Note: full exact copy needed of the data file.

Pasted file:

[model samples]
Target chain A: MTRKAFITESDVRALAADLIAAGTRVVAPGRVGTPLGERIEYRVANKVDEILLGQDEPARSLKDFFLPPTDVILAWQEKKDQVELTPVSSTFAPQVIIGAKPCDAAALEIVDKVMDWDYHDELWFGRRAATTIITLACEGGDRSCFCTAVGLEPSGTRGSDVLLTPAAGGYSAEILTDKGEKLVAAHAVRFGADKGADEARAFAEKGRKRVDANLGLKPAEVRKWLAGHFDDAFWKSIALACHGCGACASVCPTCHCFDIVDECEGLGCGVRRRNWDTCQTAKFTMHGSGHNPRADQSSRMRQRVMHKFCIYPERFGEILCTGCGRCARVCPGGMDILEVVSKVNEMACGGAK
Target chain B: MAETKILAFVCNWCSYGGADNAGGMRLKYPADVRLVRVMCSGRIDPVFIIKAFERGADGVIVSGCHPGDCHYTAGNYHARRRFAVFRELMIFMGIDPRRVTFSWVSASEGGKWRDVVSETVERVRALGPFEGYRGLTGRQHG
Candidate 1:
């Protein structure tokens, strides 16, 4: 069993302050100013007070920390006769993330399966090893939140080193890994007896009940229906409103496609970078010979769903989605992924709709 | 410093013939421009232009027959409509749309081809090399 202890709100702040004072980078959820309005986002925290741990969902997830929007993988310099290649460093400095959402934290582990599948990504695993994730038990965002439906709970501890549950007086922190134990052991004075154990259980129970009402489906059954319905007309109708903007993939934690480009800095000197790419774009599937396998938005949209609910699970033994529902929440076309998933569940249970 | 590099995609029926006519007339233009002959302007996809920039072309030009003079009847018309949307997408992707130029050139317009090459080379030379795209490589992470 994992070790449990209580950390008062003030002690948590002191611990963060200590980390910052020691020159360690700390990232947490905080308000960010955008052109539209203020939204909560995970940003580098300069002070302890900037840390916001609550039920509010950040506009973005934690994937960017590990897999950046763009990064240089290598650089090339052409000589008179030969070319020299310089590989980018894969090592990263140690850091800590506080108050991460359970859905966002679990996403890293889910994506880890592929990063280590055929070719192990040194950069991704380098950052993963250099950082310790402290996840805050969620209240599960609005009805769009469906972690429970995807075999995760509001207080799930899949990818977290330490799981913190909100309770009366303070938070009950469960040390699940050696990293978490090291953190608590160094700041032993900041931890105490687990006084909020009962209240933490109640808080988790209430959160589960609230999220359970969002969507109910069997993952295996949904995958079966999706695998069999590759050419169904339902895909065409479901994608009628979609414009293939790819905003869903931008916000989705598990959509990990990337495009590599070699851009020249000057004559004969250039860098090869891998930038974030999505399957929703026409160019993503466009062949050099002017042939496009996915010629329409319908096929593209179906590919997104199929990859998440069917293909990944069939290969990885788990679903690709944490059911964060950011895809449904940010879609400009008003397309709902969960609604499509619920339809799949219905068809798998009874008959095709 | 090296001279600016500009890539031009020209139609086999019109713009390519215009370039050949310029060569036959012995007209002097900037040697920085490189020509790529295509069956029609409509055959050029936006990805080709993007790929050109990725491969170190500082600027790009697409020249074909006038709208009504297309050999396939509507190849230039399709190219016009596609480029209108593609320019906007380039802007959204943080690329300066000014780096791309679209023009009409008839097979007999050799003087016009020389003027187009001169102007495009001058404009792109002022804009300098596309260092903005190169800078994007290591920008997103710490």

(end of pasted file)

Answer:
[model samples]
Target chain A: MTRKAFITESDVRALAADLIAAGTRVVAPGRVGTPLGERIEYRVANKVDEILLGQDEPARSLKDFFLPPTDVILAWQEKKDQVELTPVSSTFAPQVIIGAKPCDAAALEIVDKVMDWDYHDELWFGRRAATTIITLACEGGDRSCFCTAVGLEPSGTRGSDVLLTPAAGGYSAEILTDKGEKLVAAHAVRFGADKGADEARAFAEKGRKRVDANLGLKPAEVRKWLAGHFDDAFWKSIALACHGCGACASVCPTCHCFDIVDECEGLGCGVRRRNWDTCQTAKFTMHGSGHNPRADQSSRMRQRVMHKFCIYPERFGEILCTGCGRCARVCPGGMDILEVVSKVNEMACGGAK
Target chain B: MAETKILAFVCNWCSYGGADNAGGMRLKYPADVRLVRVMCSGRIDPVFIIKAFERGADGVIVSGCHPGDCHYTAGNYHARRRFAVFRELMIFMGIDPRRVTFSWVSASEGGKWRDVVSETVERVRALGPFEGYRGLTGRQHG
Candidate 1:
């Protein structure tokens, strides 16, 4: 069993302050100013007070920390006769993330399966090893939140080193890994007896009940229906409103496609970078010979769903989605992924709709 | 410093013939421009232009027959409509749309081809090399 202890709100702040004072980078959820309005986002925290741990969902997830929007993988310099290649460093400095959402934290582990599948990504695993994730038990965002439906709970501890549950007086922190134990052991004075154990259980129970009402489906059954319905007309109708903007993939934690480009800095000197790419774009599937396998938005949209609910699970033994529902929440076309998933569940249970 | 590099995609029926006519007339233009002959302007996809920039072309030009003079009847018309949307997408992707130029050139317009090459080379030379795209490589992470 994992070790449990209580950390008062003030002690948590002191611990963060200590980390910052020691020159360690700390990232947490905080308000960010955008052109539209203020939204909560995970940003580098300069002070302890900037840390916001609550039920509010950040506009973005934690994937960017590990897999950046763009990064240089290598650089090339052409000589008179030969070319020299310089590989980018894969090592990263140690850091800590506080108050991460359970859905966002679990996403890293889910994506880890592929990063280590055929070719192990040194950069991704380098950052993963250099950082310790402290996840805050969620209240599960609005009805769009469906972690429970995807075999995760509001207080799930899949990818977290330490799981913190909100309770009366303070938070009950469960040390699940050696990293978490090291953190608590160094700041032993900041931890105490687990006084909020009962209240933490109640808080988790209430959160589960609230999220359970969002969507109910069997993952295996949904995958079966999706695998069999590759050419169904339902895909065409479901994608009628979609414009293939790819905003869903931008916000989705598990959509990990990337495009590599070699851009020249000057004559004969250039860098090869891998930038974030999505399957929703026409160019993503466009062949050099002017042939496009996915010629329409319908096929593209179906590919997104199929990859998440069917293909990944069939290969990885788990679903690709944490059911964060950011895809449904940010879609400009008003397309709902969960609604499509619920339809799949219905068809798998009874008959095709 | 090296001279600016500009890539031009020209139609086999019109713009390519215009370039050949310029060569036959012995007209002097900037040697920085490189020509790529295509069956029609409509055959050029936006990805080709993007790929050109990725491969170190500082600027790009697409020249074909006038709208009504297309050999396939509507190849230039399709190219016009596609480029209108593609320019906007380039802007959204943080690329300066000014780096791309679209023009009409008839097979007999050799003087016009020389003027187009001169102007495009001058404009792109002022804009300098596309260092903005190169800078994007290591920008997103710490």